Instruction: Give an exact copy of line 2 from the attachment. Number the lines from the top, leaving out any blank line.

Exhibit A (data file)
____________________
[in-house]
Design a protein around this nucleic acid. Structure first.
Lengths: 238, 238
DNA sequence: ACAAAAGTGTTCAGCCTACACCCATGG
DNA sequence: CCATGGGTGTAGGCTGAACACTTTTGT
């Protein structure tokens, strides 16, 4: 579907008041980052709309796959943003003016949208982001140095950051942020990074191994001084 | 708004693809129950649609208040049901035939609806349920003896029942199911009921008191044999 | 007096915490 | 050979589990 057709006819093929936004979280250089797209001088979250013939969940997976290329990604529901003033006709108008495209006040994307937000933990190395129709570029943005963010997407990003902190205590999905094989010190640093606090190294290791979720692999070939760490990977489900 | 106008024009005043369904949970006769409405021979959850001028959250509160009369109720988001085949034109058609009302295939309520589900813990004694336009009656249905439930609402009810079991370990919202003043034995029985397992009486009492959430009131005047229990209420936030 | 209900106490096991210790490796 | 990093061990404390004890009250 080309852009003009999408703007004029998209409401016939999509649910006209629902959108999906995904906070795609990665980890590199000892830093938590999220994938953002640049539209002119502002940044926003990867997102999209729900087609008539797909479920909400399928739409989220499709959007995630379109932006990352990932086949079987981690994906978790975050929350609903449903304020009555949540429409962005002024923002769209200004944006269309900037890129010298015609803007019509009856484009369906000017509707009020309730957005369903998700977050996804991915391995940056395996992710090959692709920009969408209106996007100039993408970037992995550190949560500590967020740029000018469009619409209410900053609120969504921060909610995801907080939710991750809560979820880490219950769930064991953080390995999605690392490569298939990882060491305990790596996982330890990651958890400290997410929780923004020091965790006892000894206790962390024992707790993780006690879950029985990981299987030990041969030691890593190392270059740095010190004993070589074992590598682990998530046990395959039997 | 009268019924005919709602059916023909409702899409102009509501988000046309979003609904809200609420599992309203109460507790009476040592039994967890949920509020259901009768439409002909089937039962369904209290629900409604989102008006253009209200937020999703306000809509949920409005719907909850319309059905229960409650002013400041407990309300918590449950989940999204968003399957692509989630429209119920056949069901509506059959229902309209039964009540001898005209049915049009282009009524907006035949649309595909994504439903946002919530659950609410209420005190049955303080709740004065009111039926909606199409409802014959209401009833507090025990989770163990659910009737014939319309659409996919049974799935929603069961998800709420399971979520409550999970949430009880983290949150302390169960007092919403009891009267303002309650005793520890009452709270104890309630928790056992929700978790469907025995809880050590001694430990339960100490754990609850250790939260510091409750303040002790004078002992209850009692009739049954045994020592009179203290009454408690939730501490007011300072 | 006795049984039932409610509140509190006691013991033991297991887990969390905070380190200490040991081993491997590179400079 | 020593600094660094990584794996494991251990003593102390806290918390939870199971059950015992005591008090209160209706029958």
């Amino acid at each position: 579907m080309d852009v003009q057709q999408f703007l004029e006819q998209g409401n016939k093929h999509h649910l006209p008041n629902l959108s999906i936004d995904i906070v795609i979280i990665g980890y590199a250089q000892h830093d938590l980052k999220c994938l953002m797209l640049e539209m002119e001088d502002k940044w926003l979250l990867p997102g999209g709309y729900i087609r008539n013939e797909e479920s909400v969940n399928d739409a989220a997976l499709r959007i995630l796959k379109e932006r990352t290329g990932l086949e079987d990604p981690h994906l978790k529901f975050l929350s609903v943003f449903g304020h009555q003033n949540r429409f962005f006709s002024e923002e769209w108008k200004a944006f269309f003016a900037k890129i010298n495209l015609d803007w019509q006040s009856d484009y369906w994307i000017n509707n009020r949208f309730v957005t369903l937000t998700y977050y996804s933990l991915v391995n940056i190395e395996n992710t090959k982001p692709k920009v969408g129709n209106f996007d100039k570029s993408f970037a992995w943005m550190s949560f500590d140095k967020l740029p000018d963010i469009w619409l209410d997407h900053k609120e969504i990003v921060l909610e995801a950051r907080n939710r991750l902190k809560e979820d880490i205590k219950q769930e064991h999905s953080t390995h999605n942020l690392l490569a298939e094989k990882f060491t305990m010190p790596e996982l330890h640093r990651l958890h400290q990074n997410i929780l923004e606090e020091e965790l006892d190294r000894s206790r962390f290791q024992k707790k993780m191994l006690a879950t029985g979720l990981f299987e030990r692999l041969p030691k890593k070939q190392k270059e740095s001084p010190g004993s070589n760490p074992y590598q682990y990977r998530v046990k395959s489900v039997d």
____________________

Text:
Design a protein around this nucleic acid. Structure first.